This video is about Jewish refugees from nazi Germany in the 1930s.
By Shlomo Ankar in Britain:
Wednesday 3rd February 2016
JEWISH people never seem to agree on much when it comes to politics, and above all on the Israeli-Palestinian conflict. We tend to argue with each other more than any other community, but we are united in feeling that we must do more to help those escaping the conflict in Syria.
Since the crisis emerged, the Jewish community has taken a very pro-refugee view. And this has not only come from those people on the left but has also come from those who are non-political and even some who are Conservatives.
The two main Jewish newspapers in Britain — the Jewish Chronicle and the Jewish News, which are traditionally quite reactionary, have broken with their usual right-wing agenda and have been publishing regular articles that are sympathetic to refugees.
He and a team of leading rabbis went to show solidarity with the people there and the chief rabbi was so moved that he later compared the camp to Auschwitz.
The Movement of Reform Judaism has been active in building a campaign to help refugees.
It has raised funds for charity but has also engaged in political lobbying of local councils to take in more Syrian refugees.
Campaigners and political activists too have been speaking out. Dan Judelson, who is a long-time campaigner from north London, organised a trip to Calais, filling a van full of clothing, blankets and other useful items to offer to refugees there. And there are many more examples of similar stories from the community in recent months.
He encourages Jewish people to help, “not only [because of] our own history, but also the Torah clearly states that we have an obligation to help vulnerable people.”
Film-maker Yoni Higgsmith compared the experience of Jews who escaped nazi Germany to Syrian refugees.
He added that “for refugees to leave all their belongings behind to face such peril in the hope of a livelihood, well, these people deserve our admiration and our help.”
Members of the Union of Jewish Students (UJS) have also been active. UJS members tend to only campaign on pro-Israel issues, with many of them being Conservative voters.
Yet UJS members do not share David Cameron’s lack of compassion for refugees and have been active both in raising funds for charity and also in some political activity to help refugees.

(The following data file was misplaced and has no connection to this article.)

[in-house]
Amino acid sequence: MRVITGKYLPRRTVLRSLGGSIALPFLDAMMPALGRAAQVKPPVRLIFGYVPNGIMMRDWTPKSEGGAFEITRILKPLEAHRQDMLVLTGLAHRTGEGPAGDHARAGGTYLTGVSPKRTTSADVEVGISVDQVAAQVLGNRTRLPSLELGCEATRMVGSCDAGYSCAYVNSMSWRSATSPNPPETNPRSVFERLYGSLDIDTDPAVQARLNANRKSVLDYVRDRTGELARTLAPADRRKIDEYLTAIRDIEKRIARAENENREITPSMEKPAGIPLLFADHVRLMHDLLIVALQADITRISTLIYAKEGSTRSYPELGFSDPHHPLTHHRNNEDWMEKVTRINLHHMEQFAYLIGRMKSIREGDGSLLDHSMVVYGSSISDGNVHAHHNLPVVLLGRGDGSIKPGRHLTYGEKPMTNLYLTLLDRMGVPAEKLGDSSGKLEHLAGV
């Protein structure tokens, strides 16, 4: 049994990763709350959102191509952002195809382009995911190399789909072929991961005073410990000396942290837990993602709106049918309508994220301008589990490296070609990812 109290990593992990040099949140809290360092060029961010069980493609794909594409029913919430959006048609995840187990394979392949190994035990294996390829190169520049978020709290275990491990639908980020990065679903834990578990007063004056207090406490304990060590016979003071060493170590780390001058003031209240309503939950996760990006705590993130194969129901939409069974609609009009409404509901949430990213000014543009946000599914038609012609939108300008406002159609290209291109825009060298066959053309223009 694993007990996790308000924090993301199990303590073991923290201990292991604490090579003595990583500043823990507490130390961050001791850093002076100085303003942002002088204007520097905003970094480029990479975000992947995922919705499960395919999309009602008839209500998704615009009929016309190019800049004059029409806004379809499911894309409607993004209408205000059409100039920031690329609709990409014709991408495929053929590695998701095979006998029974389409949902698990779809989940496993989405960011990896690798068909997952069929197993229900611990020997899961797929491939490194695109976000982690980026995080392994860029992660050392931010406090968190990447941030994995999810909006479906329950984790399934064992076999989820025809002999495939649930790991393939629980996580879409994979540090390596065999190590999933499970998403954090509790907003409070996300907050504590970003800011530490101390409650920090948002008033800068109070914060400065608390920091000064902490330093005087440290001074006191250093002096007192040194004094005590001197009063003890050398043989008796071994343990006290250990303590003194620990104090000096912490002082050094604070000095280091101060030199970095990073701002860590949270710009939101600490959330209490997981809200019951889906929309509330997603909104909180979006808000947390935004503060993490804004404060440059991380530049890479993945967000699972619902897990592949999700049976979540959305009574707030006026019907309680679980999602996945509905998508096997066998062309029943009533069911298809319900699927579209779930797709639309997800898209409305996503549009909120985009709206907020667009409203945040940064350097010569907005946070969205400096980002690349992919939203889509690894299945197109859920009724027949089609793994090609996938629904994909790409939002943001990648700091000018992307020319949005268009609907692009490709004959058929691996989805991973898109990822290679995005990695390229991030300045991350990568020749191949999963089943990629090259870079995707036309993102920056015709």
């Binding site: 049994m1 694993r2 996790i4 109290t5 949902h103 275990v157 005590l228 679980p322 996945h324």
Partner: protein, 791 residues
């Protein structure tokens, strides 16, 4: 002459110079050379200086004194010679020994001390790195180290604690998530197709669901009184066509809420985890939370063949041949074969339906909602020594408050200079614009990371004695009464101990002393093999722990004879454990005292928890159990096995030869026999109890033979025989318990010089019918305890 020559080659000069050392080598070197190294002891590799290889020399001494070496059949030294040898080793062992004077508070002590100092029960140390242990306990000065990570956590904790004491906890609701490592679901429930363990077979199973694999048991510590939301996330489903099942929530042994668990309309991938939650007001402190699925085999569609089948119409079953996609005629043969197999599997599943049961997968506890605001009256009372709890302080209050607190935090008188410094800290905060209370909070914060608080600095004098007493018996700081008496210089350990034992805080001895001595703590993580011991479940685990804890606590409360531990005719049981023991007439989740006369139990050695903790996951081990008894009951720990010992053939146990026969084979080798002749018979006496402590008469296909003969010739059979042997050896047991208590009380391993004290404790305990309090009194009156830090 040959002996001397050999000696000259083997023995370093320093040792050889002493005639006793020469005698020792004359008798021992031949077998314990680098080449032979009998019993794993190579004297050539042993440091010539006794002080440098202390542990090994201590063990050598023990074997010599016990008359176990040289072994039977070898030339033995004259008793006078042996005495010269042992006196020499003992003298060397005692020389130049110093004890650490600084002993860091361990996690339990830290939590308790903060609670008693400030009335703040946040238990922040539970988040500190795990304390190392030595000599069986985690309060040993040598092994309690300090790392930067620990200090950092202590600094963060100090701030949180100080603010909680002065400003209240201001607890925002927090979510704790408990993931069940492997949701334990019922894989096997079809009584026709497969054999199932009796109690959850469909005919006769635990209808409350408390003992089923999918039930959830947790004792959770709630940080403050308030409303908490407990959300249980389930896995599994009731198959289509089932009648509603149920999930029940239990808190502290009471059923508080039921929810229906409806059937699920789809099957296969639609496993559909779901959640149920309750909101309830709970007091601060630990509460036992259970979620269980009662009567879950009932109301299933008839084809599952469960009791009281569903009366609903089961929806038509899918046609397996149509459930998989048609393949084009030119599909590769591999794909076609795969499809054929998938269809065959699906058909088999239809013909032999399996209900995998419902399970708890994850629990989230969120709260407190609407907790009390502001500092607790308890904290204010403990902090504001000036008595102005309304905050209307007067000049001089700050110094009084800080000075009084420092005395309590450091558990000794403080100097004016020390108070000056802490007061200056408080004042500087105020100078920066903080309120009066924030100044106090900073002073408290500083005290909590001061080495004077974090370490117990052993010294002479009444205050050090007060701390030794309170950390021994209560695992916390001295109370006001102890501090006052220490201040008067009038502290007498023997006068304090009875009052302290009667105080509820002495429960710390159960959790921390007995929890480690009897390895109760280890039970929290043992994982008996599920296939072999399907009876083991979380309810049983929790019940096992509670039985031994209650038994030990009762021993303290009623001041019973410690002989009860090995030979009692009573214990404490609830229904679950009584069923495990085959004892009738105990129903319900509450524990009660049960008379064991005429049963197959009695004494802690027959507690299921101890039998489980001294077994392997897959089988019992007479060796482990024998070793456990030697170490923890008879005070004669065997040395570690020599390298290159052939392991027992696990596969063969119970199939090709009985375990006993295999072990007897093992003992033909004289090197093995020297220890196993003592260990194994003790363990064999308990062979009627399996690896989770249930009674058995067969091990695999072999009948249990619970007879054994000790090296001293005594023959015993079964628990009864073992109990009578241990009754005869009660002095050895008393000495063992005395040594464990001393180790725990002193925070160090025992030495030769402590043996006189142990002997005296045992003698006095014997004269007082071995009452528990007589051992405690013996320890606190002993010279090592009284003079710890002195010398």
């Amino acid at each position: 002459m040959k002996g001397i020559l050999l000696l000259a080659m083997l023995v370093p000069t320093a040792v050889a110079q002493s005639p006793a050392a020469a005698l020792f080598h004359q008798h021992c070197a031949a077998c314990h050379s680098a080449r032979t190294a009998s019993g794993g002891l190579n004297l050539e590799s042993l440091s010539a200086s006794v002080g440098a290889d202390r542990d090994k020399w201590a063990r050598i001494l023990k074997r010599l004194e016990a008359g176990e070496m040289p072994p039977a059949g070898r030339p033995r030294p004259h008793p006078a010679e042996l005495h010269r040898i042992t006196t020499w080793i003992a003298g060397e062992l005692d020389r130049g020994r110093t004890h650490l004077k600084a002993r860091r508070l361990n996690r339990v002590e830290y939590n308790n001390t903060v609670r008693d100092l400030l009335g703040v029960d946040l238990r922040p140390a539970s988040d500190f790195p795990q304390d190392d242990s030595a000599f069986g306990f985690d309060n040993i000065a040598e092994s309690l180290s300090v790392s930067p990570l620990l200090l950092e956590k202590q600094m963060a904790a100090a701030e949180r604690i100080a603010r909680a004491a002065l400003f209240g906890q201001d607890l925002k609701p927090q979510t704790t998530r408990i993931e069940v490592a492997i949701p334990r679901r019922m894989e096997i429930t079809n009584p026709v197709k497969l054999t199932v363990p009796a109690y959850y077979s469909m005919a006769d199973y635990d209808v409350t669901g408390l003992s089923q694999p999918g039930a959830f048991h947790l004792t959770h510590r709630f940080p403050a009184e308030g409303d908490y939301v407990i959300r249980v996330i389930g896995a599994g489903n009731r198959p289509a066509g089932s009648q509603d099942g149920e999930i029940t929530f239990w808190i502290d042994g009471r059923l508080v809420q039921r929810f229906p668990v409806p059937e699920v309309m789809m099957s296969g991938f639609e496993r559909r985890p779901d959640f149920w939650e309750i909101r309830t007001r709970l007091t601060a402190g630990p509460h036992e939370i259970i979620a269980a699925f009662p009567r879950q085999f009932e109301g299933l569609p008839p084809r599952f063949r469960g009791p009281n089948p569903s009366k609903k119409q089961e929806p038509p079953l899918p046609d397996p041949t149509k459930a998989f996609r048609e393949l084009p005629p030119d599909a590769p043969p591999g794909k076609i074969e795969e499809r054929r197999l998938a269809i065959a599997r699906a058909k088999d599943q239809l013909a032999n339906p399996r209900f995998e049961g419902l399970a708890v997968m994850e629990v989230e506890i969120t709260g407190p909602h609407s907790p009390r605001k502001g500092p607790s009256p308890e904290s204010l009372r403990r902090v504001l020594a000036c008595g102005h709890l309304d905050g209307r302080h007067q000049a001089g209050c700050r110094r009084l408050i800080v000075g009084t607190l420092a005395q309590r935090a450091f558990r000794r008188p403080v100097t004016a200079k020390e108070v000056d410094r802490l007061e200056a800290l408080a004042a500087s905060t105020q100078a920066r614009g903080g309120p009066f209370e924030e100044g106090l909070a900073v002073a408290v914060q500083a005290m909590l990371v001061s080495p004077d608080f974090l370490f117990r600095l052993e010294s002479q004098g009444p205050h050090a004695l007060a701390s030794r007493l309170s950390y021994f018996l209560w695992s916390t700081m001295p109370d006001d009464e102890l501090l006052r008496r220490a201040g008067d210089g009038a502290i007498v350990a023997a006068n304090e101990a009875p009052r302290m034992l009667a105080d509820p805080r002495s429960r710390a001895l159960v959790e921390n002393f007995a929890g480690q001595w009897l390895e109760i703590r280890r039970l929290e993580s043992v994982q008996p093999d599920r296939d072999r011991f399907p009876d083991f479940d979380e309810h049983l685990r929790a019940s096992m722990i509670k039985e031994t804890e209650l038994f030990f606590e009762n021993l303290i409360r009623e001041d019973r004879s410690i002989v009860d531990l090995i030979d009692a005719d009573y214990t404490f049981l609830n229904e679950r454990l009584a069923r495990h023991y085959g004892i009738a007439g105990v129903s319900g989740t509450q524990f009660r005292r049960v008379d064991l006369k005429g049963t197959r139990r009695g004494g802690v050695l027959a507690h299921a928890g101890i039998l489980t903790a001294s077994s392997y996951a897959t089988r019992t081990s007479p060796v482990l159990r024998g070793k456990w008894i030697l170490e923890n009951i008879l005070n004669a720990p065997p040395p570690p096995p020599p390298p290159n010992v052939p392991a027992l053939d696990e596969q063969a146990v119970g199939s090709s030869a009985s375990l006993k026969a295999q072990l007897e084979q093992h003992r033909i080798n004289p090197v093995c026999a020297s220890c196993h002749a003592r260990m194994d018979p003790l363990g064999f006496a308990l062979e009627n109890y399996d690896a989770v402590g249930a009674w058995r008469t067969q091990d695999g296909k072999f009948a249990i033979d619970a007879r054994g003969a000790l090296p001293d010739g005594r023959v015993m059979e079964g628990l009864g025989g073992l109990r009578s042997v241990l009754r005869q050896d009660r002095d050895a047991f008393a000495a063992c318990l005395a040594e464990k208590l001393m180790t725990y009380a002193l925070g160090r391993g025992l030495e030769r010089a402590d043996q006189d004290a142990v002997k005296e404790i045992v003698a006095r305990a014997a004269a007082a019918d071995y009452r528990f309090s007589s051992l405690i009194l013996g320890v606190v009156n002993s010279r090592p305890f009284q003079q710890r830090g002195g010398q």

This contradicts the right-wing bloggers’ stereotype that the Jewish community is opposed to allowing refugees into the country.
Some have suggested that the Jewish community is only concerned about crime and terrorism, that Jews are more in line with Ukip policy in opposing migration, especially from Muslim countries.
But this could not be further from the truth. For many of us it is heartbreaking that in 2016 there are still people living in refugee camps who are struggling to survive.
This feeling is not confined to Jews on the left, such as myself. It is shared by others who are non-political or even right-wing.
After decades, if not centuries, of learning about Jewish suffering, we all see similarities with the plight of Syrians and hence want to do what we can to help.
Of course it would be wrong to exaggerate. Some members of the Jewish community share David Cameron’s views on migrants and some even support Ukip’s position. But they are in the minority. Most share Jeremy Corbyn’s view that we must do far more to help those fleeing war and persecution in their home countries.
The refugee crisis has warmed much of the community to Corbyn after seeing pictures of him in Calais standing in solidarity with the people in those camps, particularly after Cameron’s criticism of Corbyn for wanting to help “a bunch of migrants.”
Jews in 2016 still feel the pain of World War II, even if that occured decades ago. So most Jews stand in solidarity with their fellow humans who had to flee war in Syria and now languish as refugees.